Xanax, known by its generic name alprazolam, is a prescription medication classified as a benzodiazepine.[2] It is primarily prescribed to manage anxiety disorders and panic attacks due to its ability to produce calming effects on the central nervous system.

    Xanax is widely prescribed in the United States. However, its popularity also contributes to its potential for misuse and abuse.” According to the Substance Abuse and Mental Health Services Administration (SAMHSA), approximately 4.8 million individuals aged 12 or older reported misusing prescription benzodiazepines, which may include Xanax, in 2019.[3] In 2022, benzodiazepines were implicated in almost 11,000 overdose deaths in the USA, according to the National Institute on Drug Abuse (NIDA).[4]

    Under the Controlled Substances Act (CSA) in the United States, Xanax is classified as a Schedule IV controlled substance.[5] This classification acknowledges its recognized medical use for treating anxiety disorders and panic attacks while also acknowledging its potential for abuse and dependence. As a Schedule IV drug, Xanax is subject to regulatory measures to mitigate the risks of misuse and diversion, including strict prescribing guidelines and monitoring of distribution channels.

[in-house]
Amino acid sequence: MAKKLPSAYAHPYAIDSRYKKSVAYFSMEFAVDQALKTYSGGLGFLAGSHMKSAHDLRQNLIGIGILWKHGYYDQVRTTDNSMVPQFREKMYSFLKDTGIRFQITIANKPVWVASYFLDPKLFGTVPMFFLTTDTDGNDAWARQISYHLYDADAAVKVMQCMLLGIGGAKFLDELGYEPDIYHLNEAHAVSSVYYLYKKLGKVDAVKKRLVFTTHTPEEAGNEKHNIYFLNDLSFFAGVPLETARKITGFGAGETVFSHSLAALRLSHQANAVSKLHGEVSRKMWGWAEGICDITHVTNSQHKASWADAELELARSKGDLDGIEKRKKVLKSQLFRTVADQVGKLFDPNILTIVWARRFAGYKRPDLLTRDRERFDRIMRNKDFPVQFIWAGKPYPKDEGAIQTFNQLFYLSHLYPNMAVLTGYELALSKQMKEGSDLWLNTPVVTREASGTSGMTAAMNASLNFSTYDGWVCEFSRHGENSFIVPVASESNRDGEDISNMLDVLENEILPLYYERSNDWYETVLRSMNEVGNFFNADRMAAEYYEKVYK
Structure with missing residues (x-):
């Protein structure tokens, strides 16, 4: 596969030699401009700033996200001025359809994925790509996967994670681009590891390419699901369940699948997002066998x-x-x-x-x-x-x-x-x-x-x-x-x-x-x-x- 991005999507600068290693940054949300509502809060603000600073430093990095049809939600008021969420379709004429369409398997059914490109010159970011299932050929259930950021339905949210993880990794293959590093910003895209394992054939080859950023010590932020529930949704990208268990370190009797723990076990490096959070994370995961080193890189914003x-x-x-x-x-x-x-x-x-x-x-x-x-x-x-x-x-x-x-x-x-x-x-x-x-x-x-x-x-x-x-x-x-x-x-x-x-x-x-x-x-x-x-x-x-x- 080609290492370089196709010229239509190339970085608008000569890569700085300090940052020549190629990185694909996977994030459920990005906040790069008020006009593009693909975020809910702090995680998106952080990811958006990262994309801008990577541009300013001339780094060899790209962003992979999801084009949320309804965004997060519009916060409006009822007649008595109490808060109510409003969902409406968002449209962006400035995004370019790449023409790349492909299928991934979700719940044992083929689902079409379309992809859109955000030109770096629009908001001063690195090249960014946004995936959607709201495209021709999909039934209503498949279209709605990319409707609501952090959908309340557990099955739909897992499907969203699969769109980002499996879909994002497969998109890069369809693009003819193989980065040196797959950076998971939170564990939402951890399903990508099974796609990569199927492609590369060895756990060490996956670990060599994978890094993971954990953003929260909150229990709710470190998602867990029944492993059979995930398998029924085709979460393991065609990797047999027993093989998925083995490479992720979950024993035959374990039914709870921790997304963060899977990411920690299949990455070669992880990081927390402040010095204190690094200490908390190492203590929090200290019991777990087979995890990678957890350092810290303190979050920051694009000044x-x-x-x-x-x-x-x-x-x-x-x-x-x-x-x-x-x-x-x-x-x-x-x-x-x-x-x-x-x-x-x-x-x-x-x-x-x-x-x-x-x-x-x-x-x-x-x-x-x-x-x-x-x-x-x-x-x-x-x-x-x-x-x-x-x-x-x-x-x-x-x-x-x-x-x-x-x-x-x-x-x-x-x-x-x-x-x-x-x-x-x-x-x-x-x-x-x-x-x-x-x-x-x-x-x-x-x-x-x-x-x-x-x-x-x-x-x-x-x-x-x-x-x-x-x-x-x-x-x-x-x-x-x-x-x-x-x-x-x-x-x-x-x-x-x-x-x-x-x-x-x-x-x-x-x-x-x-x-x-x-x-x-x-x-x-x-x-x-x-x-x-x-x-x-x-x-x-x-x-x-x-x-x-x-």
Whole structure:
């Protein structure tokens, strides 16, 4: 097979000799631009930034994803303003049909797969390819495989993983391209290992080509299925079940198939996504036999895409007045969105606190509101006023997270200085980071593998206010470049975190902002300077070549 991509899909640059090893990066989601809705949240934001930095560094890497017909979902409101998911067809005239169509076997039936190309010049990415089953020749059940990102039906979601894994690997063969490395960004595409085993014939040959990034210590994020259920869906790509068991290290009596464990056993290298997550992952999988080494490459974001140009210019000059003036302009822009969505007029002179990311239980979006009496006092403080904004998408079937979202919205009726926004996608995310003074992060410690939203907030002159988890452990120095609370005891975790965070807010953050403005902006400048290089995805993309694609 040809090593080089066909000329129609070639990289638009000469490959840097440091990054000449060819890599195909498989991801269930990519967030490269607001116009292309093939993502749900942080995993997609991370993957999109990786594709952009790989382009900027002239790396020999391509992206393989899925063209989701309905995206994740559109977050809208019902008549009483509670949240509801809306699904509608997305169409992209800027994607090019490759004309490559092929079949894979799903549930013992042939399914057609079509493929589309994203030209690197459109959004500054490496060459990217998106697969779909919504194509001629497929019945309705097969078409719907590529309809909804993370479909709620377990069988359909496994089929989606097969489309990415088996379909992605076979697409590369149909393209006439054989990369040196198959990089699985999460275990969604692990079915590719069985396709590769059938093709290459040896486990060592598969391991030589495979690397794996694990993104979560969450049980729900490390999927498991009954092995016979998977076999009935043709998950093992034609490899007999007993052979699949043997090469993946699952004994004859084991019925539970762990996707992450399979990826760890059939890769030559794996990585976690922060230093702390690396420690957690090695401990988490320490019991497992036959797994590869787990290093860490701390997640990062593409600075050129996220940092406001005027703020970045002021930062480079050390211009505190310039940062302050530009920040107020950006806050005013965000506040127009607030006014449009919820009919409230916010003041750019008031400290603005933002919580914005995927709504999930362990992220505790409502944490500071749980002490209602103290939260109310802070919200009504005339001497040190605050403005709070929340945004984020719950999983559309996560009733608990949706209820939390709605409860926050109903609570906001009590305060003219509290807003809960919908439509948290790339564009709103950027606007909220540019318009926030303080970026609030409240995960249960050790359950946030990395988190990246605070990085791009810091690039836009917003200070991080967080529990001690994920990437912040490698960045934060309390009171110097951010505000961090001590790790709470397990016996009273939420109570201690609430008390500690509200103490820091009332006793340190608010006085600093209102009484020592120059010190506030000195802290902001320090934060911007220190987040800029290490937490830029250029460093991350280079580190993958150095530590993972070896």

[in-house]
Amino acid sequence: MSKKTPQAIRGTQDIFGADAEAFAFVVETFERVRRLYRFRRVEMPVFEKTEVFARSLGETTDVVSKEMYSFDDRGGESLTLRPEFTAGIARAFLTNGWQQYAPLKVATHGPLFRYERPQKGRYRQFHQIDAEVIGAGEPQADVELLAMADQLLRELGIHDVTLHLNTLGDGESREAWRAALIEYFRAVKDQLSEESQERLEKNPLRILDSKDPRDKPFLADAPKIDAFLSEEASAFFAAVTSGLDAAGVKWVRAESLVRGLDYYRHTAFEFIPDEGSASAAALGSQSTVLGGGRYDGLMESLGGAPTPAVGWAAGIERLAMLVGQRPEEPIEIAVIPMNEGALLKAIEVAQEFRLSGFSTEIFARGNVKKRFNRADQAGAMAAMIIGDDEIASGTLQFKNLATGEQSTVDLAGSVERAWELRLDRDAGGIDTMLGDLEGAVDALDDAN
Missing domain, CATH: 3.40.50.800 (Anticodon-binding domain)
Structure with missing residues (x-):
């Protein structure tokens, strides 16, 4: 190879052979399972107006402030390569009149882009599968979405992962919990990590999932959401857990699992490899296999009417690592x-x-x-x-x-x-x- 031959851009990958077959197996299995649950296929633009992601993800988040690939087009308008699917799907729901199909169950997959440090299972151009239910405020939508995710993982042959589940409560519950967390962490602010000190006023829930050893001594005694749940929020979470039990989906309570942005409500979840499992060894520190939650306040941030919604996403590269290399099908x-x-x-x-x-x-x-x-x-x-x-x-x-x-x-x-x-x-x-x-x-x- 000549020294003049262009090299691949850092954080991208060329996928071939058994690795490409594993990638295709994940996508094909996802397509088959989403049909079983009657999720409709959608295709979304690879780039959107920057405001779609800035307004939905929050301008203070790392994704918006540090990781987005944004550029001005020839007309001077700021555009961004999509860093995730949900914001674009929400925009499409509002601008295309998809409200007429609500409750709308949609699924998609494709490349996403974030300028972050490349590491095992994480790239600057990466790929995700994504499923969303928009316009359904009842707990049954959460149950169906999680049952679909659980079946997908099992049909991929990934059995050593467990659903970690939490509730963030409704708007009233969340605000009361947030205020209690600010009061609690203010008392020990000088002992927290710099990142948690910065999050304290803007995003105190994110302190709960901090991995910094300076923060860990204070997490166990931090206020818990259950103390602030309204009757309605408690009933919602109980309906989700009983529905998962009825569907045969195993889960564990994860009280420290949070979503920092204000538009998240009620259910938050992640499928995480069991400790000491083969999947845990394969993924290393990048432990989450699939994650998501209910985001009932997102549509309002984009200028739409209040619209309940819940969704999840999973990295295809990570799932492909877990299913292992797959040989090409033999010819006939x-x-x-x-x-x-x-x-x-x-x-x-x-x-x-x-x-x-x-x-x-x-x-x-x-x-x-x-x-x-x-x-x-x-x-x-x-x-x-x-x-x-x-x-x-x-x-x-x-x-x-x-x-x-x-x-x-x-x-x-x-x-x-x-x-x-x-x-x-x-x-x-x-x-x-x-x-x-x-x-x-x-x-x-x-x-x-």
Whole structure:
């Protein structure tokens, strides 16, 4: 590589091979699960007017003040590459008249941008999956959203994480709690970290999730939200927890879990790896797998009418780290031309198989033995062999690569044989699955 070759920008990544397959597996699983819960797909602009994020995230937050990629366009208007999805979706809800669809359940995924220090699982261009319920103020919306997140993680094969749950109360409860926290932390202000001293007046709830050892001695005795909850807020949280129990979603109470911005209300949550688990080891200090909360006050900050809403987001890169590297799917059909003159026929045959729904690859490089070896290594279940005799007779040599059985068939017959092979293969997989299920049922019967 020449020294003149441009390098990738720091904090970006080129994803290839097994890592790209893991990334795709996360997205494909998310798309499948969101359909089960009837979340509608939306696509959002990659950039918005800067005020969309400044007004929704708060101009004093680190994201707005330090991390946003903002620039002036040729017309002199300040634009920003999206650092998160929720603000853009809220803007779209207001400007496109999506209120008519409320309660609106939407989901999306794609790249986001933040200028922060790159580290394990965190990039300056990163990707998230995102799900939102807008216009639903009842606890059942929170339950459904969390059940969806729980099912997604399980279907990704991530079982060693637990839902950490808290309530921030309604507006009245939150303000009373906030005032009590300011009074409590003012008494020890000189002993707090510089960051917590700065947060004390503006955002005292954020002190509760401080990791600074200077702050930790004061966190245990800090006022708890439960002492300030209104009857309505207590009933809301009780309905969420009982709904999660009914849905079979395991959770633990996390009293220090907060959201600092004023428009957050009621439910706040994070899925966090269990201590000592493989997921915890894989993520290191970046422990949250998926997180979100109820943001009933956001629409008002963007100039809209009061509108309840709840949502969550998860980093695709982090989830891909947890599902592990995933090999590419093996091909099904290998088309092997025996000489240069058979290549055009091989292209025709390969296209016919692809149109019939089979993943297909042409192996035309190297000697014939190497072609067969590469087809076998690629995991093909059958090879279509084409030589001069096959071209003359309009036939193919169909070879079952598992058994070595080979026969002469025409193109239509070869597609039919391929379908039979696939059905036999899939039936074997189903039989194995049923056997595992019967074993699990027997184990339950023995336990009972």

Xanax Addiction and Abuse

    Xanax’s addictive nature is largely attributed to its ability to amplify the effects of gamma-aminobutyric acid (GABA), a neurotransmitter responsible for inhibiting brain activity. By enhancing GABA activity, Xanax induces feelings of calmness and relaxation, which can be reinforcing and lead to the development of addiction.[6]

    The drug functions by binding to specific receptors in the brain known as GABA-A receptors, thereby inhibiting neuronal activity. This mechanism results in the alleviation of anxiety and promotion of relaxation—but prolonged use of Xanax can lead to tolerance, necessitating higher doses to achieve the same effects.